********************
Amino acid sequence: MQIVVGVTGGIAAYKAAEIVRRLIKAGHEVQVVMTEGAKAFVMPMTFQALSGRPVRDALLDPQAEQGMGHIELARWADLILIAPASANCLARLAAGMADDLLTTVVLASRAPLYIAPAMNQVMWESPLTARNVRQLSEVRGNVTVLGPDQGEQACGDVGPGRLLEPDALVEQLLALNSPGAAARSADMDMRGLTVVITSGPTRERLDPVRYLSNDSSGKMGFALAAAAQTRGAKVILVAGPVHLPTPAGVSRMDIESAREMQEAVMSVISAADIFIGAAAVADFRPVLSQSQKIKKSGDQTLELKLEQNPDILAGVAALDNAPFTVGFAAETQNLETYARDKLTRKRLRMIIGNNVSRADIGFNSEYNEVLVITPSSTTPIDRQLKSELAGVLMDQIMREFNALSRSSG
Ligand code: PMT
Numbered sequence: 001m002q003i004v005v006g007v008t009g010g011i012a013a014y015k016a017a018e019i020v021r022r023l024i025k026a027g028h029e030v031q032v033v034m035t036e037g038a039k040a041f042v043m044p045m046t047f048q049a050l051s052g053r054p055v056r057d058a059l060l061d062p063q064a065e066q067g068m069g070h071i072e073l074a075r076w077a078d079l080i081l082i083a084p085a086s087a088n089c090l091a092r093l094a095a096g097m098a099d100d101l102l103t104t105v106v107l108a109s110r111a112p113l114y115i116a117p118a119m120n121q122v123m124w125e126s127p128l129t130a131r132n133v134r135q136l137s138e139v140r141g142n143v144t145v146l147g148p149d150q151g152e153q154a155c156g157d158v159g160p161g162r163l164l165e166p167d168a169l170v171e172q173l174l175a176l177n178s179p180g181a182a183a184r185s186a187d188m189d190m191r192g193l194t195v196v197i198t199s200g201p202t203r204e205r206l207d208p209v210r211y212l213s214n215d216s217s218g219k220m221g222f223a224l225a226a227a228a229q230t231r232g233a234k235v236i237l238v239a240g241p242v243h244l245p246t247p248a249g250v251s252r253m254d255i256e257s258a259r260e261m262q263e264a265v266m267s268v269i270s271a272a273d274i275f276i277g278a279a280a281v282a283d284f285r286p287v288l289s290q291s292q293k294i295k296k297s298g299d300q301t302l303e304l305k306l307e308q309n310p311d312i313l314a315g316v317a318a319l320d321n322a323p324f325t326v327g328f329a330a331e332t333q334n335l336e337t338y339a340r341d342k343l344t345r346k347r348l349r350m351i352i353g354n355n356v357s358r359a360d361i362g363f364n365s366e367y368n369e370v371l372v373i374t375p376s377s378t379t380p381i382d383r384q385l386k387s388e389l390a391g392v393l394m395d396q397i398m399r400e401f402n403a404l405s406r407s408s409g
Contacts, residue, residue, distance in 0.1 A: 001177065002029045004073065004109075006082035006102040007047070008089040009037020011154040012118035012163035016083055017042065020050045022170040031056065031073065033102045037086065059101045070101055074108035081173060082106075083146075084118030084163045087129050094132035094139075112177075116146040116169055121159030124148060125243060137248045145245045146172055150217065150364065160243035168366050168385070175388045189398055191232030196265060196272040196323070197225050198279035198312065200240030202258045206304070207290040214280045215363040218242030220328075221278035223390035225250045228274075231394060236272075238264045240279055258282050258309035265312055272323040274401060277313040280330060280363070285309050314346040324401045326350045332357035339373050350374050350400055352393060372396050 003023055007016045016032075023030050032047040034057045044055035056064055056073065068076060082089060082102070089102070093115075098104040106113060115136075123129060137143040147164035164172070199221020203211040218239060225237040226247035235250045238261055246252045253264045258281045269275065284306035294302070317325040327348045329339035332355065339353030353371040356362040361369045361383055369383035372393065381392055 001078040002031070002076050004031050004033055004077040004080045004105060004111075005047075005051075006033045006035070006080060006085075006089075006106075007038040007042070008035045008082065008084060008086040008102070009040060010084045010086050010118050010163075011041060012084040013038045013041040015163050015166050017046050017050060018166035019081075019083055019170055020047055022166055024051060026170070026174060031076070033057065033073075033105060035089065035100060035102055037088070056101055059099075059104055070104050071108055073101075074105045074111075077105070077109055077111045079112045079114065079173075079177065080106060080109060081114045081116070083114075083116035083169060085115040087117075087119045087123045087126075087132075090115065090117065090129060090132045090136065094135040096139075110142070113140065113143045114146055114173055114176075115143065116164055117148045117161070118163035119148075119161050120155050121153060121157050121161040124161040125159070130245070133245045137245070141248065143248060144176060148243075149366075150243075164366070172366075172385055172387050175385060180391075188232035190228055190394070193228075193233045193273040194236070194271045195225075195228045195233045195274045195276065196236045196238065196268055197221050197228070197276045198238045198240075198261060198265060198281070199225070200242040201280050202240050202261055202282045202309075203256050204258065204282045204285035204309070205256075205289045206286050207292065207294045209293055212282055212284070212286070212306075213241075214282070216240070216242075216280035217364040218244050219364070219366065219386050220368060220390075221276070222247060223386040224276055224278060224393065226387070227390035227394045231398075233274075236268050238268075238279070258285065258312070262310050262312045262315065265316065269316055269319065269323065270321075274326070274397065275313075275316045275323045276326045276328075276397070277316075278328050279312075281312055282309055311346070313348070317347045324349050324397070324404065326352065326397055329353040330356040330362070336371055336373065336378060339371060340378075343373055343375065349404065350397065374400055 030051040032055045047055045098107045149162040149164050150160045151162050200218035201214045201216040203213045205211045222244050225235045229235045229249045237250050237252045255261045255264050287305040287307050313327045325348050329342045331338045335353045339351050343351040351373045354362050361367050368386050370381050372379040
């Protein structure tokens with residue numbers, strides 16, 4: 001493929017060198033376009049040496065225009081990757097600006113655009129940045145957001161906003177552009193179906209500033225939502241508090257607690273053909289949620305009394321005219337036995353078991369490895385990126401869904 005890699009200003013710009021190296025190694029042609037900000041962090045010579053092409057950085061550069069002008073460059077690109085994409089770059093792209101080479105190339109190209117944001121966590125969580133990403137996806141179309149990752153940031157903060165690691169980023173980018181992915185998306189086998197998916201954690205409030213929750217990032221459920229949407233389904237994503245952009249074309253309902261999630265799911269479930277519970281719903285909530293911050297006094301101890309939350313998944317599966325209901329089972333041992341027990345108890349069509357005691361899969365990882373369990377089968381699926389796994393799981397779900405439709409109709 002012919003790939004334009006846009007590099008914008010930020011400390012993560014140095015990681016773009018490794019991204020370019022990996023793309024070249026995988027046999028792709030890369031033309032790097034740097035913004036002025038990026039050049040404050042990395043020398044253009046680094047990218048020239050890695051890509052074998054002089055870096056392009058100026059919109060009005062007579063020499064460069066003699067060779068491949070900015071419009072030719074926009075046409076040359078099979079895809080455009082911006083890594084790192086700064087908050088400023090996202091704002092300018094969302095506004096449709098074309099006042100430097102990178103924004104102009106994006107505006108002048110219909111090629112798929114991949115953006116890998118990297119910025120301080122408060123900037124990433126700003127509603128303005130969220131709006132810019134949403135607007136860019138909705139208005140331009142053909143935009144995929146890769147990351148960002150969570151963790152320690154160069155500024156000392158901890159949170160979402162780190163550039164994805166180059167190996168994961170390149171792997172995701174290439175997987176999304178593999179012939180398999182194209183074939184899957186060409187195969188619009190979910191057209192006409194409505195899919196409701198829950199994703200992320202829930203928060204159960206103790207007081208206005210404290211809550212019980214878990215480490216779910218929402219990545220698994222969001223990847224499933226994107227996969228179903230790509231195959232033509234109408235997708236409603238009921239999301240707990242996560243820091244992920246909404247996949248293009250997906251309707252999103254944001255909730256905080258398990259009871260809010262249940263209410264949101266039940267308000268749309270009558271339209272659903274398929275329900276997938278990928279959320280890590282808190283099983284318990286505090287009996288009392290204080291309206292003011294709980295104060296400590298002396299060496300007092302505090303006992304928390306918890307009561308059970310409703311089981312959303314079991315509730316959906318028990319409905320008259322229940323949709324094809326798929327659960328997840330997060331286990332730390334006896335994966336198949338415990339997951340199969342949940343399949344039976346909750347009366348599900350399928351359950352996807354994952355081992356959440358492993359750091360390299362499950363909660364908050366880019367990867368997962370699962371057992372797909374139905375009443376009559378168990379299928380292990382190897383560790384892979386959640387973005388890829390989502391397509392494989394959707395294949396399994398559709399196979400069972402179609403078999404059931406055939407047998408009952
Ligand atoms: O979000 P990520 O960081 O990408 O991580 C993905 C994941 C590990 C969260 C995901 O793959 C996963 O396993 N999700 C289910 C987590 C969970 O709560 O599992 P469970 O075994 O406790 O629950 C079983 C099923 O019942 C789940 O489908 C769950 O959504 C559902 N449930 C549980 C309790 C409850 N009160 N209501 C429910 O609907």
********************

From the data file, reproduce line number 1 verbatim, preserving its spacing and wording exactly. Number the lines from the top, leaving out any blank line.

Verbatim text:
Amino acid sequence: MQIVVGVTGGIAAYKAAEIVRRLIKAGHEVQVVMTEGAKAFVMPMTFQALSGRPVRDALLDPQAEQGMGHIELARWADLILIAPASANCLARLAAGMADDLLTTVVLASRAPLYIAPAMNQVMWESPLTARNVRQLSEVRGNVTVLGPDQGEQACGDVGPGRLLEPDALVEQLLALNSPGAAARSADMDMRGLTVVITSGPTRERLDPVRYLSNDSSGKMGFALAAAAQTRGAKVILVAGPVHLPTPAGVSRMDIESAREMQEAVMSVISAADIFIGAAAVADFRPVLSQSQKIKKSGDQTLELKLEQNPDILAGVAALDNAPFTVGFAAETQNLETYARDKLTRKRLRMIIGNNVSRADIGFNSEYNEVLVITPSSTTPIDRQLKSELAGVLMDQIMREFNALSRSSG